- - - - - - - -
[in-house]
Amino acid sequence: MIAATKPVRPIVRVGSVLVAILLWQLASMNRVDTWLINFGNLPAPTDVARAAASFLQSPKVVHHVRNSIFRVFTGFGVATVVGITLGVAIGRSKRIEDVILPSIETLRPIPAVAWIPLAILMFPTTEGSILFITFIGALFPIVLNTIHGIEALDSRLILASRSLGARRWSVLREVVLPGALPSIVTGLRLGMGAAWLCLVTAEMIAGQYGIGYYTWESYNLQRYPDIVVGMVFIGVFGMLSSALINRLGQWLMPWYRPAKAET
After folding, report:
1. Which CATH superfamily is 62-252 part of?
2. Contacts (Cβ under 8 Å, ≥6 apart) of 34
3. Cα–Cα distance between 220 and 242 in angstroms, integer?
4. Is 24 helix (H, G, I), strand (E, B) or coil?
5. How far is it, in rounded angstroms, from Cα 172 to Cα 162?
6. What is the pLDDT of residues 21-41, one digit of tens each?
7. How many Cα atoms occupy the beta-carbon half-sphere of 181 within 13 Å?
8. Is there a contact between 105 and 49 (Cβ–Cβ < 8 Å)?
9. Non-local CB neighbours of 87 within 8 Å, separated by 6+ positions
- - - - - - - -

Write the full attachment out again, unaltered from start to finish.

[in-house]
Amino acid sequence: MIAATKPVRPIVRVGSVLVAILLWQLASMNRVDTWLINFGNLPAPTDVARAAASFLQSPKVVHHVRNSIFRVFTGFGVATVVGITLGVAIGRSKRIEDVILPSIETLRPIPAVAWIPLAILMFPTTEGSILFITFIGALFPIVLNTIHGIEALDSRLILASRSLGARRWSVLREVVLPGALPSIVTGLRLGMGAAWLCLVTAEMIAGQYGIGYYTWESYNLQRYPDIVVGMVFIGVFGMLSSALINRLGQWLMPWYRPAKAET
After folding, report:
1. Which CATH superfamily is 62-252 part of?
2. Contacts (Cβ under 8 Å, ≥6 apart) of 34
3. Cα–Cα distance between 220 and 242 in angstroms, integer?
4. Is 24 helix (H, G, I), strand (E, B) or coil?
5. How far is it, in rounded angstroms, from Cα 172 to Cα 162?
6. What is the pLDDT of residues 21-41, one digit of tens each?
7. How many Cα atoms occupy the beta-carbon half-sphere of 181 within 13 Å?
8. Is there a contact between 105 and 49 (Cβ–Cβ < 8 Å)?
9. Non-local CB neighbours of 87 within 8 Å, separated by 6+ positions